The proposed study examines how accredited academic institutions collaborate with various partners to share the innovative expert knowledge they have created with local communities. In particular, the research studies how Cornell Cooperative Extension (CCE) programs share with New York State consumers and producers, the innovative expert knowledge developed by the research faculty at Cornell. The benefits of seeking expertise from CCE are twofolds. First, Cornell University is respected world-wide for its academic excellence, and can function as a huge knowledge base for diverse disciplines. Second, CCE has traditionally focused on developing interpersonal relations with producers and customers. These relations can play a vital role helping consumers and producers critically evaluate the quality of information they find on the Internet, particularly when the information found on the web offer conflicting opinions. The current research, will focus on two programs: Integrated Pest Management (IPM) and nutrition programs, and study how Cornell University faculty work with extension educators to share innovative pest and dietary practices with local producers and consumers.
CCE programs have been set up for the very purpose of collaborating with local governments to share Cornell's innovative research findings with local communities in New York State. Advanced communication technologies, including designated websites for different extension programs, electronic newsletters, teleconferencing equipment, etc., have been adopted to facilitate this process. What is unknown, however, is (a) the effectiveness of using these technologies to share innovations, (b) the extent to which they might be adopted by participants of CCE programs and (c) their impact on CCE and extension educators' roles in the knowledge-sharing process. One important question to ask, then, is how direct, albeit impersonal, access to research-based innovation via the Web changes (or is likely to change) the way(s) in which extension educators interact with consumers and producers? Specifically, is the nature of innovations shared via the Web significantly different from innovations shared via interpersonal contacts with Cornell and extension educators? This research addresses these, and many similar, questions by initiating a comprehensive study to explore the following issues: First, how Cornell and extension educators and participants of CCE programs utilize such communication technologies as the Internet in their daily lives. Second, how the development of social network ties and trusting relationships between extension educators and consumers and producers facilitates the sharing of innovative knowledge. Third, how communication technologies and interpersonal ties interact with each other in the process of knowledge sharing to achieve better efficiency and effectiveness of CCE programs. And finally, building on the fundamental premises of transactive memory theory, the project will design and implement an expertise locating and sharing system. The theory explains how distributed knowledge should be connected via network relations and mental models of expertise distribution (Wegner, 1987). We believe that the implemention of such a system as an intervention progrm can help translate empirical findings from the research into practical knowledge management tools.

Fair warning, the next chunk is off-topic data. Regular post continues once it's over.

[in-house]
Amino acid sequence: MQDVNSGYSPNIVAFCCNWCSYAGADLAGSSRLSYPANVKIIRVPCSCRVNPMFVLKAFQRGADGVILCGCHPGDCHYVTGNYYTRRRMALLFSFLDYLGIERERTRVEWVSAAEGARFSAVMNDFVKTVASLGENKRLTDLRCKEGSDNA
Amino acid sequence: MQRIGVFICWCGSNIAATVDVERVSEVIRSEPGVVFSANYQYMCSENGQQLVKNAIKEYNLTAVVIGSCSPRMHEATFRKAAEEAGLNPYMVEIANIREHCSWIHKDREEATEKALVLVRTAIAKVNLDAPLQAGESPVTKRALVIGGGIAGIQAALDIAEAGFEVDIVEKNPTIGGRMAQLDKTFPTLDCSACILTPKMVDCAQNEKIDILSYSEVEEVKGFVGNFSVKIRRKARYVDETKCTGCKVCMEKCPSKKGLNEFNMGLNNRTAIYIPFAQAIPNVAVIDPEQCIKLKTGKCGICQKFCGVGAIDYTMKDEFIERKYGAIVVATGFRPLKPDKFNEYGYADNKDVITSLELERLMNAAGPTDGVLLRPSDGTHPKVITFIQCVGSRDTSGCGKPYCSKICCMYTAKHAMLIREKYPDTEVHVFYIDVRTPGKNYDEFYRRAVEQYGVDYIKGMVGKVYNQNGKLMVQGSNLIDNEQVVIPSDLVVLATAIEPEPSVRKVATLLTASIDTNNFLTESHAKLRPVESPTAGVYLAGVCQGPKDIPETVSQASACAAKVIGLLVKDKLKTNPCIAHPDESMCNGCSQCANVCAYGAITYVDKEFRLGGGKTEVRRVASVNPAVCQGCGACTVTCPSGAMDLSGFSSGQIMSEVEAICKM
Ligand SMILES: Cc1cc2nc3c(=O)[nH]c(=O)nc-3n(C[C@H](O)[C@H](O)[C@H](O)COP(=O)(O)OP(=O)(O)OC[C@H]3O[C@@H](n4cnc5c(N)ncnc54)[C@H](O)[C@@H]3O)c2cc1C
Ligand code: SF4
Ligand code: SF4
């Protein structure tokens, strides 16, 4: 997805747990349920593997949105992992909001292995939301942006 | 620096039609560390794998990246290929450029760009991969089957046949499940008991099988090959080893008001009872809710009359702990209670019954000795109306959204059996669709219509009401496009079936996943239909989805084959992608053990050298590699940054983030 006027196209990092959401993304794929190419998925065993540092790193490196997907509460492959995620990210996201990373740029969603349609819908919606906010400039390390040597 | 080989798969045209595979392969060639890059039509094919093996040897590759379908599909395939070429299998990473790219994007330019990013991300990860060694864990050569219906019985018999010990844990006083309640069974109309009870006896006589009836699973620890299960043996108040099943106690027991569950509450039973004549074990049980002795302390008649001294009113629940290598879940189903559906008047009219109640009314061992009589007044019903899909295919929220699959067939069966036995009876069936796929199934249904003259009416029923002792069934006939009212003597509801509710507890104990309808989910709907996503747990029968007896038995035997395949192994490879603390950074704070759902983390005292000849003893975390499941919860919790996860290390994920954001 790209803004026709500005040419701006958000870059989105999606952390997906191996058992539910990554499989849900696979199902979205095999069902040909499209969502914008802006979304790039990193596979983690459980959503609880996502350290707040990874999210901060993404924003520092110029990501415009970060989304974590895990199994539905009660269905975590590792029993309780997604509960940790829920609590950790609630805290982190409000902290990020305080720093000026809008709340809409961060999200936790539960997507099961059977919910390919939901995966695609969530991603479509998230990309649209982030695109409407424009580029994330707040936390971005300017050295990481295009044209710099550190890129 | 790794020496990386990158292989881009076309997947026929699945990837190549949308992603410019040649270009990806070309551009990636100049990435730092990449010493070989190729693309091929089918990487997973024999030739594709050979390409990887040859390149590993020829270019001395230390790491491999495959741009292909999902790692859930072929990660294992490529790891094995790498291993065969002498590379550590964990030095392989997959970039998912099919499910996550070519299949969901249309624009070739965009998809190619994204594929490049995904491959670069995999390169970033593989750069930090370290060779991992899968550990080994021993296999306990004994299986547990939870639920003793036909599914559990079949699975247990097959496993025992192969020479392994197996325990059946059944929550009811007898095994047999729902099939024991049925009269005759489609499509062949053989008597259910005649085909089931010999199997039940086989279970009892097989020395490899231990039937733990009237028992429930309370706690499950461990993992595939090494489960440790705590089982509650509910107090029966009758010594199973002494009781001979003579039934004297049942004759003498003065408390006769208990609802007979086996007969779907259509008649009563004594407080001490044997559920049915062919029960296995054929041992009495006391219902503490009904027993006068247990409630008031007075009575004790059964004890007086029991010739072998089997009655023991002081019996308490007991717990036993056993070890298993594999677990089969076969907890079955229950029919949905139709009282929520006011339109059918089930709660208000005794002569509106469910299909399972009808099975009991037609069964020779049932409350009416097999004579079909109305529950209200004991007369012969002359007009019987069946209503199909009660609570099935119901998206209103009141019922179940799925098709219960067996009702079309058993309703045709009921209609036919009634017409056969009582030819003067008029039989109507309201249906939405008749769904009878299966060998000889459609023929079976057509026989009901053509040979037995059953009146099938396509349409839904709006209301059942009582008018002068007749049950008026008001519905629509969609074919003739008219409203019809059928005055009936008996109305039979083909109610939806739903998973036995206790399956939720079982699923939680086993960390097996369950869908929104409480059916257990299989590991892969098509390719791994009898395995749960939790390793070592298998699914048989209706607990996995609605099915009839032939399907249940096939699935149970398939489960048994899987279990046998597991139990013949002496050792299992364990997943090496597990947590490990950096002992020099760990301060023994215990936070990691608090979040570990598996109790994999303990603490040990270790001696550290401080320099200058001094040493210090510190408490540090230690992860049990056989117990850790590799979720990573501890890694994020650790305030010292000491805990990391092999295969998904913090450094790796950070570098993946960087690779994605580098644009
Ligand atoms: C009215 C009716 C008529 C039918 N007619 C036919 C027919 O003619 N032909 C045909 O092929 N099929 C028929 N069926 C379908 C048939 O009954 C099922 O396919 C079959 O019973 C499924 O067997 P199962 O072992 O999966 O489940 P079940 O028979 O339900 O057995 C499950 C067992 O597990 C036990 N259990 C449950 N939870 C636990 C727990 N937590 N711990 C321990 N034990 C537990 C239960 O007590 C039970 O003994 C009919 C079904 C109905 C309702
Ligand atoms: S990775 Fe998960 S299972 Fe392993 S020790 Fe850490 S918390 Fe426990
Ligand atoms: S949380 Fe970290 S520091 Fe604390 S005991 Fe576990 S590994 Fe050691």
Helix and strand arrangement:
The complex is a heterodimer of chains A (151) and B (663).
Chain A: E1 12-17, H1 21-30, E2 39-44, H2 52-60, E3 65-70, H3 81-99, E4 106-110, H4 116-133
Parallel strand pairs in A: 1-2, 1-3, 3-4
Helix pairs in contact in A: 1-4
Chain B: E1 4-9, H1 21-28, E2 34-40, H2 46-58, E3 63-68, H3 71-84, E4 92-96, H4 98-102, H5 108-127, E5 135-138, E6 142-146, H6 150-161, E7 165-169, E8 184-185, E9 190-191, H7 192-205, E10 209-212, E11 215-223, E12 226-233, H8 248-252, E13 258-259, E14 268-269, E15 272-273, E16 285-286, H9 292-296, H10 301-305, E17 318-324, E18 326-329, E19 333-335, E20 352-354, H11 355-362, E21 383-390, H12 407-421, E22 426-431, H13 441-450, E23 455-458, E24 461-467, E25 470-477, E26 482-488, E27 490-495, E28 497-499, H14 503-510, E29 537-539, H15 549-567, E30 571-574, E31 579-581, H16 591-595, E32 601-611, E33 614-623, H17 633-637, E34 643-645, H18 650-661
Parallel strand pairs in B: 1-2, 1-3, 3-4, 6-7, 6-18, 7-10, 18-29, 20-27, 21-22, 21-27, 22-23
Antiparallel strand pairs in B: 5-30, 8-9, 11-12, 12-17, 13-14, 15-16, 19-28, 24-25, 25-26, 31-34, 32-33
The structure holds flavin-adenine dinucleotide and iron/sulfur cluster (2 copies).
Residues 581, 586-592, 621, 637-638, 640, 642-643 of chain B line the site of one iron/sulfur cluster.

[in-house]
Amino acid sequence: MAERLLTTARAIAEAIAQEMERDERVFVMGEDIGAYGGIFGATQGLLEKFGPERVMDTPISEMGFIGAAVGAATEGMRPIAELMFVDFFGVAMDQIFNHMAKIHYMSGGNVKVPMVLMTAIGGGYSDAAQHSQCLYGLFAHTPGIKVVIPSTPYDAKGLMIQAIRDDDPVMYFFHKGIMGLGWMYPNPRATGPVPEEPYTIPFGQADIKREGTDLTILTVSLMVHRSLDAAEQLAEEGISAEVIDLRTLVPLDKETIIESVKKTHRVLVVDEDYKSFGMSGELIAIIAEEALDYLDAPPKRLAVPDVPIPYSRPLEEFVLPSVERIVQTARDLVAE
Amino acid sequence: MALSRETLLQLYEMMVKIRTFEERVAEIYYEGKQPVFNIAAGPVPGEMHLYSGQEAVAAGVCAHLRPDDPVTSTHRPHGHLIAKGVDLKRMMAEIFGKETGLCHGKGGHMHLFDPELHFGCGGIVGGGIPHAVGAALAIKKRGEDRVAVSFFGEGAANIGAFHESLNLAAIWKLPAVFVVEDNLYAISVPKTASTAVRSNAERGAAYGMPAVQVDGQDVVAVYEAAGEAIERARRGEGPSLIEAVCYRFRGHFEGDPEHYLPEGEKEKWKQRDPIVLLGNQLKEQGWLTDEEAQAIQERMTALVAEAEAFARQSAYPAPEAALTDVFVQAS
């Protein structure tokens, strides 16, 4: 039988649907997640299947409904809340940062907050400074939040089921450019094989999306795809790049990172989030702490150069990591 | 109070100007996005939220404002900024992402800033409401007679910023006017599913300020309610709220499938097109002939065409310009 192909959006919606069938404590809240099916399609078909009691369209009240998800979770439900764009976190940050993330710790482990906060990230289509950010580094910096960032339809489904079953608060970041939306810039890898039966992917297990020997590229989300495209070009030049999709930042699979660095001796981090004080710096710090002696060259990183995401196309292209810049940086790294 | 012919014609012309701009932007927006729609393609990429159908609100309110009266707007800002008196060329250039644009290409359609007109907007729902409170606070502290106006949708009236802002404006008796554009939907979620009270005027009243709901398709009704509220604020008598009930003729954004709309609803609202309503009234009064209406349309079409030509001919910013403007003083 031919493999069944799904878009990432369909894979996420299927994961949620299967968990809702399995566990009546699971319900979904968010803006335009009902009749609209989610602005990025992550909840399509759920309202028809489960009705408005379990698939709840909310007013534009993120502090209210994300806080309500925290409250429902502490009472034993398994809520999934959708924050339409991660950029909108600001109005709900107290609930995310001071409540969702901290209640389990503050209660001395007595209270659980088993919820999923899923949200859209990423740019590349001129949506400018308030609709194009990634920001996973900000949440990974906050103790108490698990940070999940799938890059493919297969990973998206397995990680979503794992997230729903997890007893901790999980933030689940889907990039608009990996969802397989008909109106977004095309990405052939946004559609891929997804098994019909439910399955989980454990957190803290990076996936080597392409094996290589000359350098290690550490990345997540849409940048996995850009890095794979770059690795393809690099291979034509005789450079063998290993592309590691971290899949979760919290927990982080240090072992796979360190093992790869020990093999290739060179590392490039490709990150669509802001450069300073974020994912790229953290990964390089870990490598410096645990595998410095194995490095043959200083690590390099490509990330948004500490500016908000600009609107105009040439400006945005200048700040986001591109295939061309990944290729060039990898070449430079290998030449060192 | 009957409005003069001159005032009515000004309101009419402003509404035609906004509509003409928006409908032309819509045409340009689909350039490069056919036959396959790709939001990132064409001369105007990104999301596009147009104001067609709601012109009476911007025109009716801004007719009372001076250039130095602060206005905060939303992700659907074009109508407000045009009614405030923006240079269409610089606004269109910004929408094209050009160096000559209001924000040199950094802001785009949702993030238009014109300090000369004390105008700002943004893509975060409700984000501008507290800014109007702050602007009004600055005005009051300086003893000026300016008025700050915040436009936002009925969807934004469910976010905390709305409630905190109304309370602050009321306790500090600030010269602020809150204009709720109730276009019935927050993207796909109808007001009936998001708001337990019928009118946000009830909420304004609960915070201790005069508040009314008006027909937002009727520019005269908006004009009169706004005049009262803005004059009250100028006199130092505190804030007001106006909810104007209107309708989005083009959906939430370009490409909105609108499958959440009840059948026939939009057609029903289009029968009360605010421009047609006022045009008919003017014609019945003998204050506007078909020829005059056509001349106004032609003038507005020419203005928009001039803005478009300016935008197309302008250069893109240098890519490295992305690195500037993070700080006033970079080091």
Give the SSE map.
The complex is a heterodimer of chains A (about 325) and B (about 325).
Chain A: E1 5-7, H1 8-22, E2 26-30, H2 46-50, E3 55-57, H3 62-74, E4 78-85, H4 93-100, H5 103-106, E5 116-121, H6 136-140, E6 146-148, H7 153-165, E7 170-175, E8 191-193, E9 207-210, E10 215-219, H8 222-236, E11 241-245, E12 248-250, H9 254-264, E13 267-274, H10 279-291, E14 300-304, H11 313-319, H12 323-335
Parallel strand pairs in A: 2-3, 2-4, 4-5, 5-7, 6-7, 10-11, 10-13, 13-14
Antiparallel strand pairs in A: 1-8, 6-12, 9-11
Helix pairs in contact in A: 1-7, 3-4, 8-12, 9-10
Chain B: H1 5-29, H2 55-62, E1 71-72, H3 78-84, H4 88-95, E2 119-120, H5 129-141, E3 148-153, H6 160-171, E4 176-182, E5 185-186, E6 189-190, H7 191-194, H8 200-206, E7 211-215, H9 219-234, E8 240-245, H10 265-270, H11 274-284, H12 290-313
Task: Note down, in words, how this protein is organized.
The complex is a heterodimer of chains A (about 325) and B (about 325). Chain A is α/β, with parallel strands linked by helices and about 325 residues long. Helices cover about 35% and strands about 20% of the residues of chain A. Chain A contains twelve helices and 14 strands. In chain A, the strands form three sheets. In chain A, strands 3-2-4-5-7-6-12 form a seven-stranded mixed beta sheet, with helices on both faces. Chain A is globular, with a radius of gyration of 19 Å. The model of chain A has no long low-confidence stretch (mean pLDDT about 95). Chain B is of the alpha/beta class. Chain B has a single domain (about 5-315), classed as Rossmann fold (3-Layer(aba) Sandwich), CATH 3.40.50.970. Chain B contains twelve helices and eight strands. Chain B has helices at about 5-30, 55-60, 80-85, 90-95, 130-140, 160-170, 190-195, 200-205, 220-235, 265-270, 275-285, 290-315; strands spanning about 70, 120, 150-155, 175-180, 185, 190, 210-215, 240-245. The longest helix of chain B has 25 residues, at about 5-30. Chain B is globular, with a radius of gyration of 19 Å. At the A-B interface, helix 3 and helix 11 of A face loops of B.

The project has just launched in October 2006. By now we have conducted extensive literature review of related topics. We have also started interviewing IPM extension educators to learn how they share knowledge/best practices among each other.
Given that the project has just started, there is no measurable impact yet.